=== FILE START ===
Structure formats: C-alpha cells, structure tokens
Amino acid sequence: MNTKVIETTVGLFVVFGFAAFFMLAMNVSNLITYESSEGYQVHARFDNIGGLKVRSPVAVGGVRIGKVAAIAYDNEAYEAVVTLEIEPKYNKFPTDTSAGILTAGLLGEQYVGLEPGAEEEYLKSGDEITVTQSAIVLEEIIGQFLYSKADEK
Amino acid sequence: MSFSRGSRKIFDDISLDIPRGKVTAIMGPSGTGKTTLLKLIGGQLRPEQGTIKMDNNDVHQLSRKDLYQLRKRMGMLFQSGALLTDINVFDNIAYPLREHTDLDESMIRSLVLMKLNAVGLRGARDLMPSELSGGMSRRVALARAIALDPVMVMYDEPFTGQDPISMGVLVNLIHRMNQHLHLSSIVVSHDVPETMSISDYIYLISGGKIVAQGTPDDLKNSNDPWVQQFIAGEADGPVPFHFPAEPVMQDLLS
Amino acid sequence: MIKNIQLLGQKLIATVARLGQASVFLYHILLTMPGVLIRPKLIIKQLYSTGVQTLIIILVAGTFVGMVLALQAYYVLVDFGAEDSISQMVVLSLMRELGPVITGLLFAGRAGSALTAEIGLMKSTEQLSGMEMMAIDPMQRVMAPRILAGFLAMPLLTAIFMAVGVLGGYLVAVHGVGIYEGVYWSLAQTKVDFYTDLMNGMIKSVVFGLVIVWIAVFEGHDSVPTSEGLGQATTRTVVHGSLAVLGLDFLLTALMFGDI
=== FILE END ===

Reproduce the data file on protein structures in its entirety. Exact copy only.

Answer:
Structure formats: C-alpha cells, structure tokens
Amino acid sequence: MNTKVIETTVGLFVVFGFAAFFMLAMNVSNLITYESSEGYQVHARFDNIGGLKVRSPVAVGGVRIGKVAAIAYDNEAYEAVVTLEIEPKYNKFPTDTSAGILTAGLLGEQYVGLEPGAEEEYLKSGDEITVTQSAIVLEEIIGQFLYSKADEK
Amino acid sequence: MSFSRGSRKIFDDISLDIPRGKVTAIMGPSGTGKTTLLKLIGGQLRPEQGTIKMDNNDVHQLSRKDLYQLRKRMGMLFQSGALLTDINVFDNIAYPLREHTDLDESMIRSLVLMKLNAVGLRGARDLMPSELSGGMSRRVALARAIALDPVMVMYDEPFTGQDPISMGVLVNLIHRMNQHLHLSSIVVSHDVPETMSISDYIYLISGGKIVAQGTPDDLKNSNDPWVQQFIAGEADGPVPFHFPAEPVMQDLLS
Amino acid sequence: MIKNIQLLGQKLIATVARLGQASVFLYHILLTMPGVLIRPKLIIKQLYSTGVQTLIIILVAGTFVGMVLALQAYYVLVDFGAEDSISQMVVLSLMRELGPVITGLLFAGRAGSALTAEIGLMKSTEQLSGMEMMAIDPMQRVMAPRILAGFLAMPLLTAIFMAVGVLGGYLVAVHGVGIYEGVYWSLAQTKVDFYTDLMNGMIKSVVFGLVIVWIAVFEGHDSVPTSEGLGQATTRTVVHGSLAVLGLDFLLTALMFGDI